As I understand your question, you are not asking for an expensive course which might send you gems to evaluate or a summary of how to do gem ID, but instead just want to practice identifying natural vs synthetic inclusions. I think this is a great way to learn, as there are a number of these (and other) separations that need to be made via loupe or microscope inspection. The first thing I would do is to get a good zoom gem stereo microscope. You will find new models from China for sale and older B & L and American Optical models for sale also. About $350 would be my estimate of what one will cost. You’ll likely find a 7-30X model and for some separations you will need up to 60X, so you may need to purchase a 2X doubler or a set of 20X eyepieces to add to the 10X standard set. If darkfield lighting is not a feature of your microscope, you can use washers of some kind along with a suitable blackout sheet to create darkfield lighting. You’ll also need some LED lights on goosenecks for direct lighting from various angles above and below the gems. If the microscope you get doesn’t have a gem holder, you can get one on ebay and install it on the scope. Also get some “blue tack” to mount and move things around with, if needed. If you haven’t a microscope, use a loupe, but there are some separations that require the microscope…also, altho’ gem appraisers do have to use a pocket loupe alone to evaluate on occasion, looking at stones to evaluate cut and condition is something most easily done with a microscope.

I would pester my friends for jewelry to look at, but I think you can find small, included gems for sale at Gem Rock Auctions and there are filters to narrow your search down to small, individual stones…you may find other sites where you can buy such, too. I saw some small sapphires for sale for $30 or so each. You could also look for cheap facet rough. If you don’t see it listed, you could query the dealers, as they often buy parcels and cull out the junk and might be happy to sell you some.

While there are some sources of good photos on line, if you want to see all the inclusions, the three volume set by Koivula and Gubelin is the go-to source for original picutures. These volumes are very expensive, but you could probably get them (one at a time) through interlibrary loan for free and look thru them. Some of the earlier editions or other books by K & G might be had cheaper…Lidicoat’s old Handbook of Gem ID also has some photos in it and might be available cheap, IDK.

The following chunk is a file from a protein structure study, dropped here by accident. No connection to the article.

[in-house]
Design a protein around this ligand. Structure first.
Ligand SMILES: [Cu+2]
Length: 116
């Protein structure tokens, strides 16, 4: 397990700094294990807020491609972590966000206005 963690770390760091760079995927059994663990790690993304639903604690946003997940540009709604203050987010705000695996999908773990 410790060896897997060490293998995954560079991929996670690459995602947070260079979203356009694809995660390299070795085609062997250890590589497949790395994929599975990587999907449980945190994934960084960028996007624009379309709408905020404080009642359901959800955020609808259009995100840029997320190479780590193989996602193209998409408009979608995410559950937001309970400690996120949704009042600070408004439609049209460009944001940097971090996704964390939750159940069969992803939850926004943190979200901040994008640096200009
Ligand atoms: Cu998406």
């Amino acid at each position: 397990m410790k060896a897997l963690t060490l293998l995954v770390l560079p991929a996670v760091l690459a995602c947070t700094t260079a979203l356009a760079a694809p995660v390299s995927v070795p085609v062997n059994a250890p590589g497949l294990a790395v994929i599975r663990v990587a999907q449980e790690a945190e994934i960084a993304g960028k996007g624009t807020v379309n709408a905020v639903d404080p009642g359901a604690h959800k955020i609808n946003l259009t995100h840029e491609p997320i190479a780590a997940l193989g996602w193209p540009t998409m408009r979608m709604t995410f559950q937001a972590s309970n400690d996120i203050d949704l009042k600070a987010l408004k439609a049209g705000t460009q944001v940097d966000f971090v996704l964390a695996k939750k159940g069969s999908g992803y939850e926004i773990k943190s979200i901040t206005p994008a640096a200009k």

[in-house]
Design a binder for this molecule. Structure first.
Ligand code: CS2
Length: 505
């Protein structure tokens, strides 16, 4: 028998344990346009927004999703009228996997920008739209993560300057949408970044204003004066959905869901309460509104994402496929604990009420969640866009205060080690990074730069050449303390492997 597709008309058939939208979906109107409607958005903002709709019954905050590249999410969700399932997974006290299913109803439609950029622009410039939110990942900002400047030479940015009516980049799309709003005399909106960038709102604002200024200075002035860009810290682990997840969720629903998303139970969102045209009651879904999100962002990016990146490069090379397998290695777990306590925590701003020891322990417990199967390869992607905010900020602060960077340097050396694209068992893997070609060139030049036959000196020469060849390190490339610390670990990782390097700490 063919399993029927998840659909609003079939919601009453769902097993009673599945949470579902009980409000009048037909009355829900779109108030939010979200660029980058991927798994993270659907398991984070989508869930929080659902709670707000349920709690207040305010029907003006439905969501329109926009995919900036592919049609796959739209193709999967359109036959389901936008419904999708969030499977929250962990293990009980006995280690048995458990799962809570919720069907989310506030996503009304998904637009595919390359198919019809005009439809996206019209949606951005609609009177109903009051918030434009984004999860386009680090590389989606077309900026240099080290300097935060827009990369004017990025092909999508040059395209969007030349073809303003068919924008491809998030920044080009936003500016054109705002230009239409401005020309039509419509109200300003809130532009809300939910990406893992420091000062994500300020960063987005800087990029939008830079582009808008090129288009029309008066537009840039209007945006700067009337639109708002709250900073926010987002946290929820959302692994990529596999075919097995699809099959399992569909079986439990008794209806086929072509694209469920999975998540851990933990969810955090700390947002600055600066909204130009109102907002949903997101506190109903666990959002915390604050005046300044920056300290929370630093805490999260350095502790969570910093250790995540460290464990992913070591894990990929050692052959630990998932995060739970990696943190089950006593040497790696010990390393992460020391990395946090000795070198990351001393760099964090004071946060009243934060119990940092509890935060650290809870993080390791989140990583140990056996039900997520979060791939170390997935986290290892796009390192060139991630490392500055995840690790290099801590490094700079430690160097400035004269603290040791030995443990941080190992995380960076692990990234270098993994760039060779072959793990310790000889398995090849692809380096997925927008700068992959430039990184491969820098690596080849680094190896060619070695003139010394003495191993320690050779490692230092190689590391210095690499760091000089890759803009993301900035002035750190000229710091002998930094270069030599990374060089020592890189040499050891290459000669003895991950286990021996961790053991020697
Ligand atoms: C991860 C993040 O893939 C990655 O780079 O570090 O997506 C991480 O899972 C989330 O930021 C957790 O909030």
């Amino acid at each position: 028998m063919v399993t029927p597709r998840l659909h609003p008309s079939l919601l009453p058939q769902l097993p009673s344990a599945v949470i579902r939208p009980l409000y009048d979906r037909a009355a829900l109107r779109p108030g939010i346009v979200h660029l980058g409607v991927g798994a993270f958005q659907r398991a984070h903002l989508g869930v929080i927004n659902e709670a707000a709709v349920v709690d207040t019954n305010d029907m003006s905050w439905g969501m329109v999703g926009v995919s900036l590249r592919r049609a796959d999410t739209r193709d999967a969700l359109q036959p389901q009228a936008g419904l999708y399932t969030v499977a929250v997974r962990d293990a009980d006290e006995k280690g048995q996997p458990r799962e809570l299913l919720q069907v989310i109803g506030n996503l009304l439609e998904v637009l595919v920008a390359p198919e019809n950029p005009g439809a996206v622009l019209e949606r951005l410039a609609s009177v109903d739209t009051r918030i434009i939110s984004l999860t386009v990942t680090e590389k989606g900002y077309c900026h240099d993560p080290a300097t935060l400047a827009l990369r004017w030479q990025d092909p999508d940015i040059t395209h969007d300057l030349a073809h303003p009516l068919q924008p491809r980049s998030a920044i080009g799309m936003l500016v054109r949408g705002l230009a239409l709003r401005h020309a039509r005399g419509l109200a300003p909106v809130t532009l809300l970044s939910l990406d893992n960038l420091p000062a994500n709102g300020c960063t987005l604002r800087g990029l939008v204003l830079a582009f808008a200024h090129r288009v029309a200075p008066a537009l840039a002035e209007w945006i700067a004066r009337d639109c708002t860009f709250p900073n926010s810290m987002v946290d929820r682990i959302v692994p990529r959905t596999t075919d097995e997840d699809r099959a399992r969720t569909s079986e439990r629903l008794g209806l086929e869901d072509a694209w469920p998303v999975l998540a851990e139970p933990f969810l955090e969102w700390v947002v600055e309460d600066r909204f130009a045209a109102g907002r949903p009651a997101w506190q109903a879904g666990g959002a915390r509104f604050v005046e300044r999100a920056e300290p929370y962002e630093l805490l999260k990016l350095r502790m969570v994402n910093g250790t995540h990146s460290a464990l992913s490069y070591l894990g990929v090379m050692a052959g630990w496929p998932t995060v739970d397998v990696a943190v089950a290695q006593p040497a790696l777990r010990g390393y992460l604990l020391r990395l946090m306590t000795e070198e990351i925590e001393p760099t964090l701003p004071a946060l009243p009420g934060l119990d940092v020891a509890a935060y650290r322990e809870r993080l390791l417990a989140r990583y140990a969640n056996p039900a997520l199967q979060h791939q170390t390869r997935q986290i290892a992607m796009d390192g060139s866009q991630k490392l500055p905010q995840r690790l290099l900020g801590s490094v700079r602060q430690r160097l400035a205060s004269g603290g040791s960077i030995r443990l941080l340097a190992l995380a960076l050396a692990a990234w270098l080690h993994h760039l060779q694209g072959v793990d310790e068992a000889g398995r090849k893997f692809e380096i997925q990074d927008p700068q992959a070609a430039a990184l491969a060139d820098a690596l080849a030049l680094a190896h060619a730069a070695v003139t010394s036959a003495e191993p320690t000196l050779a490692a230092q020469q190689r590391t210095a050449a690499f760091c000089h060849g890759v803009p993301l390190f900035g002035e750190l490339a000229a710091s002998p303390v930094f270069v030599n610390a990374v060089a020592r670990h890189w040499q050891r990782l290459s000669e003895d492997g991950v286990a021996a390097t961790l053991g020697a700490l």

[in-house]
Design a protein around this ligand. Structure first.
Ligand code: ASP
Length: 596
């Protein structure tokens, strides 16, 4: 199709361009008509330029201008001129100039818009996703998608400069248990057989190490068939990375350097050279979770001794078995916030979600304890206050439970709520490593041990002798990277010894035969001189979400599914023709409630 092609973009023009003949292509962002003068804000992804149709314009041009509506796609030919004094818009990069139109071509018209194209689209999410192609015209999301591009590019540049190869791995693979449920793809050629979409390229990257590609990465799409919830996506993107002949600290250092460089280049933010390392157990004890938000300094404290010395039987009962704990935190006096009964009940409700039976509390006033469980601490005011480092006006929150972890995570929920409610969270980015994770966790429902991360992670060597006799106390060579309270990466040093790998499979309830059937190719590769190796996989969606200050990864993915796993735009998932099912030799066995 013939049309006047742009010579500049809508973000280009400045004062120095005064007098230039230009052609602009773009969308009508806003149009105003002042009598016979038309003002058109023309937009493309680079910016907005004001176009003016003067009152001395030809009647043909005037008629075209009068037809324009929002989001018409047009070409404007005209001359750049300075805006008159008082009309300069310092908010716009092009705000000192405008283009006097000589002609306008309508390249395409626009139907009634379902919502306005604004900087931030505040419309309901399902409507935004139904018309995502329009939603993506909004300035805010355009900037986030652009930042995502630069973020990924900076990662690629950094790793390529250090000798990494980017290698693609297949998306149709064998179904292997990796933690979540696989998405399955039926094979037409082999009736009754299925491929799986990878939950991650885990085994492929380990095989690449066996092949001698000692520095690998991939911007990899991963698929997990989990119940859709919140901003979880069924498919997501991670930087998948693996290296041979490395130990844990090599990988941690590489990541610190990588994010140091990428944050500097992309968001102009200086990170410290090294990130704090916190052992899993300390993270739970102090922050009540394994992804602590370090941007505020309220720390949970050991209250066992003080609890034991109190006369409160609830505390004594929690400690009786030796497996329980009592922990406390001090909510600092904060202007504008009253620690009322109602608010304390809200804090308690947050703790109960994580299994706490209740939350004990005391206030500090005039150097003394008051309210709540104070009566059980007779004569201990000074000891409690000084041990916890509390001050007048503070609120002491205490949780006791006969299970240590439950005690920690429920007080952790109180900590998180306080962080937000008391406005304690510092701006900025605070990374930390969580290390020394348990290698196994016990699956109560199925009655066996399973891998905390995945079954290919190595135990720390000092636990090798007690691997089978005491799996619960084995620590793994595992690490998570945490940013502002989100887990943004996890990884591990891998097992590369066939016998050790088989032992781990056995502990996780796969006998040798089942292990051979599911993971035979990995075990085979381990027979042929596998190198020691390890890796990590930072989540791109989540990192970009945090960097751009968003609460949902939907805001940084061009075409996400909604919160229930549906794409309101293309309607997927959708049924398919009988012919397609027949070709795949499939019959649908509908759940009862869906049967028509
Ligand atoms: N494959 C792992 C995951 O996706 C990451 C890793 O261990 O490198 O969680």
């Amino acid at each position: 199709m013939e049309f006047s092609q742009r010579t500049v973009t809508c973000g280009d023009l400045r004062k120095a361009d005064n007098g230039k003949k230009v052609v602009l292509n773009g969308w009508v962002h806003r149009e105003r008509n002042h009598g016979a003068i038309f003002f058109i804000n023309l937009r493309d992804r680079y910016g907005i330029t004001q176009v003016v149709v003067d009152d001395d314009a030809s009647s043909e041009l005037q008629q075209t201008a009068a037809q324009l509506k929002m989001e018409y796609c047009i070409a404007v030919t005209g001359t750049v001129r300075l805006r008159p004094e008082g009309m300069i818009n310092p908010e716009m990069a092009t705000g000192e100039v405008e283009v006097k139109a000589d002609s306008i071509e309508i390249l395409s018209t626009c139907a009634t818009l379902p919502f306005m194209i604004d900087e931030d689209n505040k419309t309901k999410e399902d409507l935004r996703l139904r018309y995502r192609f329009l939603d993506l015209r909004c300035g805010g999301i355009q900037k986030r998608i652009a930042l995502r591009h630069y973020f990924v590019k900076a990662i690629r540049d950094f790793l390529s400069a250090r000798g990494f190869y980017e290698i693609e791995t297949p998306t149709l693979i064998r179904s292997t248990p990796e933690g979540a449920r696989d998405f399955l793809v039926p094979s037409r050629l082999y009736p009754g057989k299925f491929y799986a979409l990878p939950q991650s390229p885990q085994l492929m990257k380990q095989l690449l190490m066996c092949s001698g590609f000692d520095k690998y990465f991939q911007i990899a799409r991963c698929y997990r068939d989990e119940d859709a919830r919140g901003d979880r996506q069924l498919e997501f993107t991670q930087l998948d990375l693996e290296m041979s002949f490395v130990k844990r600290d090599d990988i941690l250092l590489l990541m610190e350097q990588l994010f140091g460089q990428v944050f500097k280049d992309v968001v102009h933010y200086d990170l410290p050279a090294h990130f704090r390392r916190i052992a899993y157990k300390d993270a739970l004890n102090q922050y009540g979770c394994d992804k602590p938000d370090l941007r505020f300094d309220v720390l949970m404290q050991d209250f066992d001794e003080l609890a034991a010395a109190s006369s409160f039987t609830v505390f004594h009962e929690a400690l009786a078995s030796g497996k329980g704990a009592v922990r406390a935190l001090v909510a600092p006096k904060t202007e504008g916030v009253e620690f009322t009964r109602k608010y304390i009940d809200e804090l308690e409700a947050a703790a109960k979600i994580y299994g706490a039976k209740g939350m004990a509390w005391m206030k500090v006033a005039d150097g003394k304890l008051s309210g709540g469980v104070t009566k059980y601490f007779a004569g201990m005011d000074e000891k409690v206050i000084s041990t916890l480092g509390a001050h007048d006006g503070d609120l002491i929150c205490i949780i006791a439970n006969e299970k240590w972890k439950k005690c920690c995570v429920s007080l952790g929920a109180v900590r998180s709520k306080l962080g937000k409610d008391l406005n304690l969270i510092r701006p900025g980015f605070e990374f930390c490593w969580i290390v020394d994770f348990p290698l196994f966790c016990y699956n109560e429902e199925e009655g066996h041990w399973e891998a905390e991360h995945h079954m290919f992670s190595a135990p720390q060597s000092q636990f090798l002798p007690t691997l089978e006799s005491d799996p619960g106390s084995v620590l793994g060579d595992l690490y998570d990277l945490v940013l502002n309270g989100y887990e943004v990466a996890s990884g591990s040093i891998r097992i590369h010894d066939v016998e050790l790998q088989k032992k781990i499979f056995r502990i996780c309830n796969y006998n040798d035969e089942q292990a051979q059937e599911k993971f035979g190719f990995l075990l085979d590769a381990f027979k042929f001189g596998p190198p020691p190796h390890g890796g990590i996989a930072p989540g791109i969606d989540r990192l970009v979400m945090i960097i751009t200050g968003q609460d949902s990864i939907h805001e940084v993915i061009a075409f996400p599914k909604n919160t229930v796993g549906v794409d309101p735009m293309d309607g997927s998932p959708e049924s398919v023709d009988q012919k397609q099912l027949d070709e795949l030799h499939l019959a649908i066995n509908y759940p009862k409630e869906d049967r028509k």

The synthetic vs natural differentiation is the real tough nut to crack in gem ID and I congratulate you for wanting to tackle it head on. And, while there are other ID helps (such as UV response), the use of the microscope is the royal road to conquering this particular conundrum.
HTH,
royjohn

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Hi I have just finished a pracrical gemmology book for the novice and can send you via email if interested free of charge. It is to be uploaded onto the internet in a few weeks time. Contact me (Adrian Ryder) at tutorajr@gmail.com. Adrian

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If you are looking to purchase known naturals at a reasonable price, try looking at the parcel deals available on JTV. These are fairly inexpensive, and will give you practice in identifying inclusions, as well as some gemstone identification experience. Once you have that, you can start looking at their synthetics, and move on to higher risk/reward purchases from gemrockauctions.com.

You really need a microscope to tell the difference. I just finished my gemmology diploma and for the first couple of months I had no idea the microscope they gave me didn’t work… And I was like everything just looks like bubbles… and not much better than a loupe. Once it was discovered my world changed.

But yes… you’re not going to learn everything you need to without looking at actual gems. Diagrams and the actual inclusions do look different.

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Look for damaged gems. They may have a chip out of them or be scratched. They are cheap to purchase.